SOUTHAMPTON, Bermuda, Oct 29 (Reuters) - Former Federal Reserve Chairman Alan Greenspan said on Monday securitized assets backed by subprime loans were unlikely to become a problem in the future because markets have lost their enthusiasm for them.
“Markets have made the decision that subprime securitization is much too risky, so problem solved,” Greenspan told a conference on hedge funds. Soaring foreclosure rates on subprime loans made to borrowers with poor credit have severely crimped the U.S. housing market and spurred a tightening of credit globally.
Greenspan also said that a rise in the price of crude oil to $100 a barrel would not be all bad, as it would “break our dependence (on oil) some and we would see smaller cars.”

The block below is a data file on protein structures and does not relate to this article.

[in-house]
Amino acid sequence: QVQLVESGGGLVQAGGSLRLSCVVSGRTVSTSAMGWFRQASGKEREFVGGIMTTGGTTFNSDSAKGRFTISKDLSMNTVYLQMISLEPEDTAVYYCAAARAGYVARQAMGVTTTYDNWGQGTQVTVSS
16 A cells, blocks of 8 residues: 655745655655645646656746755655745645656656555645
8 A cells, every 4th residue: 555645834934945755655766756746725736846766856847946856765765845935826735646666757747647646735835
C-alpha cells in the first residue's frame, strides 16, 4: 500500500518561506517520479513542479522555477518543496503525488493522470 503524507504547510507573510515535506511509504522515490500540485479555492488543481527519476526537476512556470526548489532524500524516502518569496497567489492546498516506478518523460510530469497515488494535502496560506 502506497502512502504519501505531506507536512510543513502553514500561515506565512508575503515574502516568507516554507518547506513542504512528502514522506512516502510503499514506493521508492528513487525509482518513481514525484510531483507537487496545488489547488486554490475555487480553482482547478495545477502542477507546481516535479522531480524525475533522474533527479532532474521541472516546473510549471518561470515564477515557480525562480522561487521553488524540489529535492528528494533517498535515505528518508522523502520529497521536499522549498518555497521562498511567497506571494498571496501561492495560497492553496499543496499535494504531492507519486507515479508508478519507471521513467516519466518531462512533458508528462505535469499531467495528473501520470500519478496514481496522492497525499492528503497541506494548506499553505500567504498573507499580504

U.S. crude oil was trading at over $93 on Monday.
The former Fed chief also predicted the real value of the dollar would continue to decline, especially against China’s yuan.
((Reporting by Svea Herbst-Bayliss)) Keywords: USA ECONOMY/GREENSPAN
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